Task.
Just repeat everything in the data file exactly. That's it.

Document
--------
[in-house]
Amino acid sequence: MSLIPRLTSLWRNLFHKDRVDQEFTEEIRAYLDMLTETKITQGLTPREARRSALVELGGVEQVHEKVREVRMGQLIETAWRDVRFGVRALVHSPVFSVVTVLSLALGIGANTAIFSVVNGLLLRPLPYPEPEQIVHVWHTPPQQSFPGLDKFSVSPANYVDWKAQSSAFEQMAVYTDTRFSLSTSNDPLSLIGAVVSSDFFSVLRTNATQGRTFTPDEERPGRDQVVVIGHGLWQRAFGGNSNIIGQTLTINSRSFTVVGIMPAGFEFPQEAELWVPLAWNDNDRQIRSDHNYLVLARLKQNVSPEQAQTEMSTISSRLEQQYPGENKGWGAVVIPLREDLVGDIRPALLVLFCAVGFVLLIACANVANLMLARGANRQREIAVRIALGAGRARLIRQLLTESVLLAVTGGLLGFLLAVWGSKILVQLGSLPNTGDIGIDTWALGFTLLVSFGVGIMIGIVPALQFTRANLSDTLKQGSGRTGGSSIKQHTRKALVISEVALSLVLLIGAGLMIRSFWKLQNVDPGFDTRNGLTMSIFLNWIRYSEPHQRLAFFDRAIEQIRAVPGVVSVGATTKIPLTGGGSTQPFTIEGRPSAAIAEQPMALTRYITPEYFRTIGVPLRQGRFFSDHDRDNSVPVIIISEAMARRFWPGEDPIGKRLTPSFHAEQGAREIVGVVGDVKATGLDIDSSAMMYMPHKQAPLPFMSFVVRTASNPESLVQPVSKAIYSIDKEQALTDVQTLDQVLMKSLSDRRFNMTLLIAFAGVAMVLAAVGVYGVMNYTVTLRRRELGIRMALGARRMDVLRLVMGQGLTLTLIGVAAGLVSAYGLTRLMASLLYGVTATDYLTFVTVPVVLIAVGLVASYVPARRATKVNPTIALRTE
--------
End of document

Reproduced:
[in-house]
Amino acid sequence: MSLIPRLTSLWRNLFHKDRVDQEFTEEIRAYLDMLTETKITQGLTPREARRSALVELGGVEQVHEKVREVRMGQLIETAWRDVRFGVRALVHSPVFSVVTVLSLALGIGANTAIFSVVNGLLLRPLPYPEPEQIVHVWHTPPQQSFPGLDKFSVSPANYVDWKAQSSAFEQMAVYTDTRFSLSTSNDPLSLIGAVVSSDFFSVLRTNATQGRTFTPDEERPGRDQVVVIGHGLWQRAFGGNSNIIGQTLTINSRSFTVVGIMPAGFEFPQEAELWVPLAWNDNDRQIRSDHNYLVLARLKQNVSPEQAQTEMSTISSRLEQQYPGENKGWGAVVIPLREDLVGDIRPALLVLFCAVGFVLLIACANVANLMLARGANRQREIAVRIALGAGRARLIRQLLTESVLLAVTGGLLGFLLAVWGSKILVQLGSLPNTGDIGIDTWALGFTLLVSFGVGIMIGIVPALQFTRANLSDTLKQGSGRTGGSSIKQHTRKALVISEVALSLVLLIGAGLMIRSFWKLQNVDPGFDTRNGLTMSIFLNWIRYSEPHQRLAFFDRAIEQIRAVPGVVSVGATTKIPLTGGGSTQPFTIEGRPSAAIAEQPMALTRYITPEYFRTIGVPLRQGRFFSDHDRDNSVPVIIISEAMARRFWPGEDPIGKRLTPSFHAEQGAREIVGVVGDVKATGLDIDSSAMMYMPHKQAPLPFMSFVVRTASNPESLVQPVSKAIYSIDKEQALTDVQTLDQVLMKSLSDRRFNMTLLIAFAGVAMVLAAVGVYGVMNYTVTLRRRELGIRMALGARRMDVLRLVMGQGLTLTLIGVAAGLVSAYGLTRLMASLLYGVTATDYLTFVTVPVVLIAVGLVASYVPARRATKVNPTIALRTE